Great ways with chicken

The humble chook is fast becoming the most popular item on Kiwi plates and why not? It lends itself to a great range of flavours and is just as at home on the barby as it is in Michelin star restaurants. Even the inexperienced can make a great dish with chicken. You just need to know which cut for which dish.

Whole chickens

You can buy whole chickens fresh or frozen. They are great to roast, make a soup, create some good stock and of course to cut up into the other usable cuts. I love to pop them in an oven bag with some butter and herbs and put them in the oven for one hour and fifteen minutes. You can also butterfly a whole chicken until its flat and cook on the barbeque.

Commonly used chicken cuts

Boneless, Skinless Breast – Chicken breast to a cook is like blank canvas to an artist. The sky is the limit with this cut. It is all white meat and will take on the flavours, herbs and spices you add to it. You must make sure not to overcook it as it has no protection from the bone or the skin to keep it moist. Slice, dice, poach, stuff, panfry it but most of all treat it with care. Overcooked chicken taste like old rubber and nobody want to eat that!

Tenderloin – The white meat flap that swings off the breast. These are the most expensive cut of chicken and are really easy to work with. They are great for crumbing or sliced up and using in stir-fry. I really like to marinade them in some teriyaki sauce and throw them on the barbeque.

Whole chicken wing – Cheap and cheerful, the humble chicken wing is delicious when you give it a nice sticky sauce or steep it in a soy bath. It is an all-white meat portion that is super cheap to buy and great for parties where there are a LOT of people.

Boneless, Skinless Thigh – Chicken thighs are the tastiest of the chicken cuts and you can use them where you need the ultimate chicken flavor. They are perfect in soups and stews and can withstand longer cooking than the breast. They are inexpensive and really pack a flavor punch.

Drumsticks – Drumsticks are the chicken leg trimmed at the knee. These are very economical and are perfect for baking and cooking in marinades. This is the cut of chicken that has its own handle is often held by the bone to be eaten. You really need to ensure that the legs get cooked all the way through and this can be hard as this is pink meat even when it is cooked.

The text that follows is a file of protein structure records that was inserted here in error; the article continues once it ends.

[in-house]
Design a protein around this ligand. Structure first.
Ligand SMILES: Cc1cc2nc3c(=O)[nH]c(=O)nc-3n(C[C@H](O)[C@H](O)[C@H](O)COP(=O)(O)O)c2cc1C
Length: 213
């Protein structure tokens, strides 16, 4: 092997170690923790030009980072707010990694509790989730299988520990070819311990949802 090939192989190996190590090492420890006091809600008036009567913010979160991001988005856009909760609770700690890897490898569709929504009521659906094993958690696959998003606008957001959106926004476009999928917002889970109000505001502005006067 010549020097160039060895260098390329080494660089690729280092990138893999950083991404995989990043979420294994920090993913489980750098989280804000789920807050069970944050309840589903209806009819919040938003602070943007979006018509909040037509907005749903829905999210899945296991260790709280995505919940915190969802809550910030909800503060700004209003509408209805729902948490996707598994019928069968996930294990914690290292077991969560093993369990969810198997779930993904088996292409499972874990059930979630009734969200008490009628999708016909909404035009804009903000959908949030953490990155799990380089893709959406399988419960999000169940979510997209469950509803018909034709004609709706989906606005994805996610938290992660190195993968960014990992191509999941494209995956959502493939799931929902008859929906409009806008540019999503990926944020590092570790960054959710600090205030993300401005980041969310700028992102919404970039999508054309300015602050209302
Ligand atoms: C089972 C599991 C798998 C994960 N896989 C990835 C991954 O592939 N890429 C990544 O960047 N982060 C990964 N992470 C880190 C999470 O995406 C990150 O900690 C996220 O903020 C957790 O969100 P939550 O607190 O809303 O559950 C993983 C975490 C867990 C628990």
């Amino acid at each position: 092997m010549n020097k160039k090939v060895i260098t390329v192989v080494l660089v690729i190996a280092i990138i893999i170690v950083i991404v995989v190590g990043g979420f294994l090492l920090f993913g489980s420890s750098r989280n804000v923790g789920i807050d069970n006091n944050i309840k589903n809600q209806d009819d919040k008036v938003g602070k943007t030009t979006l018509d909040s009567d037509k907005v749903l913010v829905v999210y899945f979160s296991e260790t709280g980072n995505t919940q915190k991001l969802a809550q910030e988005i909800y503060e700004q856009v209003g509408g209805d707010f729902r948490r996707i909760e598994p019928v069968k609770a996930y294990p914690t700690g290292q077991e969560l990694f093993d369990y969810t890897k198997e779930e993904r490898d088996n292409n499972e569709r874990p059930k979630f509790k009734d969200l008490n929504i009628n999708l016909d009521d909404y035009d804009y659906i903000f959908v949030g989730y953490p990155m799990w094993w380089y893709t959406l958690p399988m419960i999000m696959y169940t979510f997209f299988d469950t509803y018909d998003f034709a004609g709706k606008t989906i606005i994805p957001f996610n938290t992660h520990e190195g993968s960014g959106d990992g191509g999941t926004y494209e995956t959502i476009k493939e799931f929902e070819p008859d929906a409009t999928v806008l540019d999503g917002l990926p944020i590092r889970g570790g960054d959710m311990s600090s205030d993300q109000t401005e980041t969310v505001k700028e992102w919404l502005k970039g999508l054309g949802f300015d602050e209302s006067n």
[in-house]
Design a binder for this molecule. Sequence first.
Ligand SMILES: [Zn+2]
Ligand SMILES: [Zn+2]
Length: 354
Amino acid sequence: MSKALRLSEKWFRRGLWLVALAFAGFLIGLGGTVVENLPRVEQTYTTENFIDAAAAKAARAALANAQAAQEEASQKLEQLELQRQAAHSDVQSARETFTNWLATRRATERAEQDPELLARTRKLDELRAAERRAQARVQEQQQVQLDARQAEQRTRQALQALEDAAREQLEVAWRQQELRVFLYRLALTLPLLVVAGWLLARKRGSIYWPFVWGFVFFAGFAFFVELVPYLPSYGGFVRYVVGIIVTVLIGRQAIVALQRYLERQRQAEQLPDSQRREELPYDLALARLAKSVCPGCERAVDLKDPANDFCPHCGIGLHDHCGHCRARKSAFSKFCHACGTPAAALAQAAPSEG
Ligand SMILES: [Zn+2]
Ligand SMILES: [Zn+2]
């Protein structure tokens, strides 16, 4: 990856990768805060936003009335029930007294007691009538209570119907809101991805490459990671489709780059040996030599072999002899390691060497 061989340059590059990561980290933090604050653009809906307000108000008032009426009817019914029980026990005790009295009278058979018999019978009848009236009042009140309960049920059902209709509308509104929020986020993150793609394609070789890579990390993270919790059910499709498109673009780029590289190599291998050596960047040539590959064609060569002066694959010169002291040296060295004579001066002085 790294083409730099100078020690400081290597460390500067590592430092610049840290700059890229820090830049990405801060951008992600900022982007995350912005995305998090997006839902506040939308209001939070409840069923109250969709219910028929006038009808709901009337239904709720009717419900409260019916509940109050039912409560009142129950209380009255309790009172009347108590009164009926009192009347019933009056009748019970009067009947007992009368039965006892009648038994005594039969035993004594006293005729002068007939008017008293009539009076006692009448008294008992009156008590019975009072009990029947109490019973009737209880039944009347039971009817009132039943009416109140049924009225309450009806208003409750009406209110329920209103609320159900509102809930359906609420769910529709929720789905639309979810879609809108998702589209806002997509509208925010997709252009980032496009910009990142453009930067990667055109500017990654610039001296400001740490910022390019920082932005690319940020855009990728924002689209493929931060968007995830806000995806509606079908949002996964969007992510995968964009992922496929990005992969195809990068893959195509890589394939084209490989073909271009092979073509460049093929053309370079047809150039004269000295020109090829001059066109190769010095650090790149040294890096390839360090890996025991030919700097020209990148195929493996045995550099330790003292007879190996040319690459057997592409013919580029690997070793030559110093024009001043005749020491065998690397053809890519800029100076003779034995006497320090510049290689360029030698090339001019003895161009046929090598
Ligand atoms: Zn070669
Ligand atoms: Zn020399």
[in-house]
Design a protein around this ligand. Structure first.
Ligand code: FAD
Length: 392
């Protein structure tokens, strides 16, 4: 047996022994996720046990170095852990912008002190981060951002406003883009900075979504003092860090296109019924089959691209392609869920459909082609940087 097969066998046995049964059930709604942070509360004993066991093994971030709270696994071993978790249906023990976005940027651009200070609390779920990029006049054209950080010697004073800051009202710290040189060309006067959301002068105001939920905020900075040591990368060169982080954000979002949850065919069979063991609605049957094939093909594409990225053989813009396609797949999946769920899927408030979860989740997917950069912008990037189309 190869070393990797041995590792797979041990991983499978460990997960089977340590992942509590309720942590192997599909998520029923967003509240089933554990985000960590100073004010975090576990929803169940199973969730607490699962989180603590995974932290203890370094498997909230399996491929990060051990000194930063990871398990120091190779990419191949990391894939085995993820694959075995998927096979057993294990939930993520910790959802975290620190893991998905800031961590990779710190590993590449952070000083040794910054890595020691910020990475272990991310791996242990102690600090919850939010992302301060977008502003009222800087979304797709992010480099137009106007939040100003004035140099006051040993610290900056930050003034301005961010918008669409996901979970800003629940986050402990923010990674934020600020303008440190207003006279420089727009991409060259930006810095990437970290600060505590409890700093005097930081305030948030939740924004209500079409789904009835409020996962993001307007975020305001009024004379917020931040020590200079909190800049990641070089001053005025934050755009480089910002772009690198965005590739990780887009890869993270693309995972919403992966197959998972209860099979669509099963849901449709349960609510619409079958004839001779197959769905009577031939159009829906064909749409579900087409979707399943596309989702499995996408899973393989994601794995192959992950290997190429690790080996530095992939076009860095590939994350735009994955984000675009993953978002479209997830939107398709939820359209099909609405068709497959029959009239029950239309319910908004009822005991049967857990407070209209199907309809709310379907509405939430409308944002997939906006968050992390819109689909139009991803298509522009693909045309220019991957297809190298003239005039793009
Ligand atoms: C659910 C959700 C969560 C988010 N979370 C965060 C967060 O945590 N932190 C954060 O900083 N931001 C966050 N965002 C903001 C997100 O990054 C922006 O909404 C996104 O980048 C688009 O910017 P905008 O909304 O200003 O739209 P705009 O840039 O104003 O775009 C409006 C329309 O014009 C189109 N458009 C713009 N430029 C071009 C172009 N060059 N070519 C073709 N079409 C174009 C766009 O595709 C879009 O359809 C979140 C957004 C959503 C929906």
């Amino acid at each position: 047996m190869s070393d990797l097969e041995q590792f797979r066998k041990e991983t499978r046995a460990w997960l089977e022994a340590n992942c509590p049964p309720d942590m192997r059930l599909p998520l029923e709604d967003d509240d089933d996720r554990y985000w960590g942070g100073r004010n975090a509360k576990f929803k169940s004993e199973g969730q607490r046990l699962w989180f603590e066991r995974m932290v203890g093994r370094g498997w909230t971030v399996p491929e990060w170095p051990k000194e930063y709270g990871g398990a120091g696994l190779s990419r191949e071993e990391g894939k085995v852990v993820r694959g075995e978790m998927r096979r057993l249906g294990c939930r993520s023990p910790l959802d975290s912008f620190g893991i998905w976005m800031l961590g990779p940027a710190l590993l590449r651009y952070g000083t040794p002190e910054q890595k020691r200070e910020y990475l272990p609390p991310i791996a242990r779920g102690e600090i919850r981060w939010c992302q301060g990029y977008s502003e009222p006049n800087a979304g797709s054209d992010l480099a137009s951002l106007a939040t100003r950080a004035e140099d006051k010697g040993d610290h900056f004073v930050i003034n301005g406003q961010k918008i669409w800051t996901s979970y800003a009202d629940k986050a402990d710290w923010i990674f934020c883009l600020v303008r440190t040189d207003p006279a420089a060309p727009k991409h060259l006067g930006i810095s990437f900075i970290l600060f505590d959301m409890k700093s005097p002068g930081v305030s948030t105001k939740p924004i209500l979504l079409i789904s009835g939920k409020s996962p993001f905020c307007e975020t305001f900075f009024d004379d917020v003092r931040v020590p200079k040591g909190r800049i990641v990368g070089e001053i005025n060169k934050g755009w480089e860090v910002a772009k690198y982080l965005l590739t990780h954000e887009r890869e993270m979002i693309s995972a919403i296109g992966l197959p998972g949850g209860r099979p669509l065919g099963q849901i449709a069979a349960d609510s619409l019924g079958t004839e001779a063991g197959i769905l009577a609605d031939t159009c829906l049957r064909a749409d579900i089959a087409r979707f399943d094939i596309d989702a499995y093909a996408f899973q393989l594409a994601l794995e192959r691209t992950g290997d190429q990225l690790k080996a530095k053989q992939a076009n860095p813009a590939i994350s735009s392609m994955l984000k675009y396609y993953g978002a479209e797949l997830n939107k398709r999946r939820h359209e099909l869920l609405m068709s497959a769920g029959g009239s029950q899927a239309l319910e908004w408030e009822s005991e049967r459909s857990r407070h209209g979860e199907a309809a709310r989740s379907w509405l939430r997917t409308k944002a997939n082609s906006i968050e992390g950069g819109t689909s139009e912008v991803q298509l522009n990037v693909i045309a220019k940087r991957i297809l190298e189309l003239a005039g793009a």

Chicken mince – This may be minced chicken breast or just chicken mince from the whole bird, either way it is highly convenient and you use it the same way you would use any other sort of mince. I love to get some Asian spicy flavours mixed into it and knock out a tasty burger.

Other cuts found in the chicken shop

  • Halves – This is the cut you see at the rotisserie chicken shop but you will rarely find a recipe that uses a half.
  • Whole chicken le g – The Whole Chicken Leg is the drumstick-thigh combination. This is sometimes referred to in Australia as the “Maryland”.
  • Breast quarters – Halves may be further cut into which include the wing. A breast quarter, including portions of the back, is all white meat.
  • Split breast – A breast quarter with the wing removed.
  • Split breast without back – A breast quarter with wing and back portion removed.

Less commonly used cuts of chicken

  • Wing drummettes – The first section between the shoulder and the elbow.
  • Wing mid-section with tip – The flat centre section and the flipper (wing tip).
  • Wing mid-section – The section between the elbow and the tip, sometimes called the wing flat or mid-joint.
  • Boneless, skinless leg – Whole chicken leg with skin and bone removed. These are sometimes referred to as ‘lovely legs’ at your poultry supplier.
  • Thigh – The thigh is the portion of the leg above the knee joint and includes the bone. These are sometimes referred to as thigh cutlets.


It is much cheaper per kilogram to purchase a whole bird and cut it yourself. If this makes you a little nervous, purchase a really good pair of poultry shears and use them to cut the chicken!

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